Case Law Highlights
We’ve had some exciting court decisions in the condominium field over the past year or so. Here are my Five Favorites.
1. Mazzilli v. Middlesex Standard Condominium Corporation No. 823 (Ontario Superior Court – September 3, 2015)
Repair and maintenance projects (falling within the mandate of the Board) can sometimes include quite significant changes of material and/or appearance, without triggering any need for owner involvement under Section 97 of the Condominium Act, 1998.
To read more about this case, see our previous blog post A Board’s Mandate to Make Changes to the Common Elements.
2. MTCC No. 985 v. Cheney (Ontario Superior Court of Justice – December 1, 2015)
Condominium corporations must take reasonable steps to prevent excessive noise disturbances, including noise from one unit to another. However, condominium residents are not entitled to absolute quiet. They must be prepared to accept levels and types of noise that one would reasonably expect given the age and construction of the building.
3. Ryan v. York Condominium Corporation No. 340 (Ontario Superior Court of Justice – April 13, 2016)
Condominium corporations must investigate and attend to required maintenance and repairs with reasonable haste. Otherwise, the corporation may be liable for any extra costs incurred by an owner (due to the delay).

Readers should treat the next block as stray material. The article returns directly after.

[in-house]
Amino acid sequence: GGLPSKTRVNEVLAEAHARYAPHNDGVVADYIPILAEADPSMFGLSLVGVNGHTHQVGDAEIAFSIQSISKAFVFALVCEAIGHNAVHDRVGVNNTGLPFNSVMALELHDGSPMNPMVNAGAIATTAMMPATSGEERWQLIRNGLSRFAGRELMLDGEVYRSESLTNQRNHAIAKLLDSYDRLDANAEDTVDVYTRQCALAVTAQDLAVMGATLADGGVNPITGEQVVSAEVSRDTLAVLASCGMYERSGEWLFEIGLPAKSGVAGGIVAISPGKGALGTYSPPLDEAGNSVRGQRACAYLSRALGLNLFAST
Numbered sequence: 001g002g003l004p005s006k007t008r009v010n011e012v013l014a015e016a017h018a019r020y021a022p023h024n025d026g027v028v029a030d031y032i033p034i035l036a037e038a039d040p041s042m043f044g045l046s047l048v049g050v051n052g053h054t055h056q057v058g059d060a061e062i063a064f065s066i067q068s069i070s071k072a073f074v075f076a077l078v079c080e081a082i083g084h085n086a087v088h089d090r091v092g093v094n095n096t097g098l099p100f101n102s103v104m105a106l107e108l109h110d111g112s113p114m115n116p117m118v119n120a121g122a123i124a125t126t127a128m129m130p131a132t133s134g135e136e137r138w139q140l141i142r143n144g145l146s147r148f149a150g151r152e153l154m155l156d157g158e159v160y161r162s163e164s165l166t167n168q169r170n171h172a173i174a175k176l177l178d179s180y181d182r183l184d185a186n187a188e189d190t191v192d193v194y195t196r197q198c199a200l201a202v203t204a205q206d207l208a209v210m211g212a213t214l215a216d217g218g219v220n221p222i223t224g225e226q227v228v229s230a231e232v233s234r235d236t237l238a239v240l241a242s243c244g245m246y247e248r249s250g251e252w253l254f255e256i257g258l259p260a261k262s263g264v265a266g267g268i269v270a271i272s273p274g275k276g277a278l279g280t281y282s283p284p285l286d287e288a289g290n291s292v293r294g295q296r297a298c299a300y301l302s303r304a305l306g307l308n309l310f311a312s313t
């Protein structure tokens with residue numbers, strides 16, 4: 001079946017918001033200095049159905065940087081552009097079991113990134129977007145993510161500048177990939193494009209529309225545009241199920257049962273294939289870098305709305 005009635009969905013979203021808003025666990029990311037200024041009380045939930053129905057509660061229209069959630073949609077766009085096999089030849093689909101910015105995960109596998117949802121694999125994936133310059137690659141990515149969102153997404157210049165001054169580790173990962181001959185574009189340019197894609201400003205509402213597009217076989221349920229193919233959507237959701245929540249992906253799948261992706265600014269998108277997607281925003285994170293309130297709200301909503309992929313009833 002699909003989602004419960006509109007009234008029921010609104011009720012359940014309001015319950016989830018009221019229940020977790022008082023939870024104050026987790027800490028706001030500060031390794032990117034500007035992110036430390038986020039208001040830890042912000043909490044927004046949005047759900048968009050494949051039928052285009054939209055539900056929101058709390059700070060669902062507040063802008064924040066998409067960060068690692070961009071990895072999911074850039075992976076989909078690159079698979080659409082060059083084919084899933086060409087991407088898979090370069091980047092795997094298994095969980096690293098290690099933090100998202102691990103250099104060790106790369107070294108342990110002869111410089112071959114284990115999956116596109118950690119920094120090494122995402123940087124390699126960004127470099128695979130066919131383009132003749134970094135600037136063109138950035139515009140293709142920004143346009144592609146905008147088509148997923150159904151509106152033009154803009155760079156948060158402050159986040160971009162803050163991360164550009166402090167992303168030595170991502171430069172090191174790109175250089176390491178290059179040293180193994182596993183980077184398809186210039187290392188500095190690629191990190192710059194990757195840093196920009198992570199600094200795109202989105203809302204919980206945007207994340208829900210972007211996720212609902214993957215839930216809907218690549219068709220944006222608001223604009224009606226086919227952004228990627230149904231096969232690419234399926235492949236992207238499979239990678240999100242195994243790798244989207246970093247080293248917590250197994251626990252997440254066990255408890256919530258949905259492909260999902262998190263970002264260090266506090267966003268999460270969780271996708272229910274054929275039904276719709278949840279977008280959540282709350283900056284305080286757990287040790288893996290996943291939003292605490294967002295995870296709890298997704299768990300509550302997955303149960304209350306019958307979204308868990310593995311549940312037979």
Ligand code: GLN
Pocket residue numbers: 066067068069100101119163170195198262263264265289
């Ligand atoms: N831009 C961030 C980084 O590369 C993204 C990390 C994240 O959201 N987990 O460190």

To read more about this case, see our previous blog post Owner Awarded Damages for Corporation’s Slow Repairs.
4. Wu v. Carleton Condominium Corporation (Ontario Small Claims Court – April 20, 2016)
An owner may be entitled (under Section 55 of the Condominium Act, 1998) to see the corporation’s list of owners’ names and mailing addresses, assuming the owner has a proper reason to see the list, consistent with the purposes of the Act. However, an owner is not entitled to see the corporation’s list of email addresses of other owners without their consent.
To read more about this case, see our previous blog post Is An Owner’s Email Address Part of Their Address for Service?.
5. 3716724 Canada Inc. v. Carleton Condominium Corporation No. 375 (Ontario Court of Appeal – August 30, 2016)
The “business judgment rule” applies to decisions of condominium Boards of Directors. When arriving at a decision (such as whether or not to grant an owner’s request for a change to the common elements), the Directors must give the matter fair and reasoned consideration, including proper consideration of the rights and interests of all owners. As long as the decision-making process is reasonable, and as long as the Board’s ultimate decision is “within a range of reasonable choices”, the Courts will show deference, and therefore allow the Board’s decision to stand, even if the Court might have arrived at a different choice.
To read more about this case, see our previous blog post Court of Appeal Confirms Boards are Entitled to Deference.
And for any more questions about condos, get in touch with us.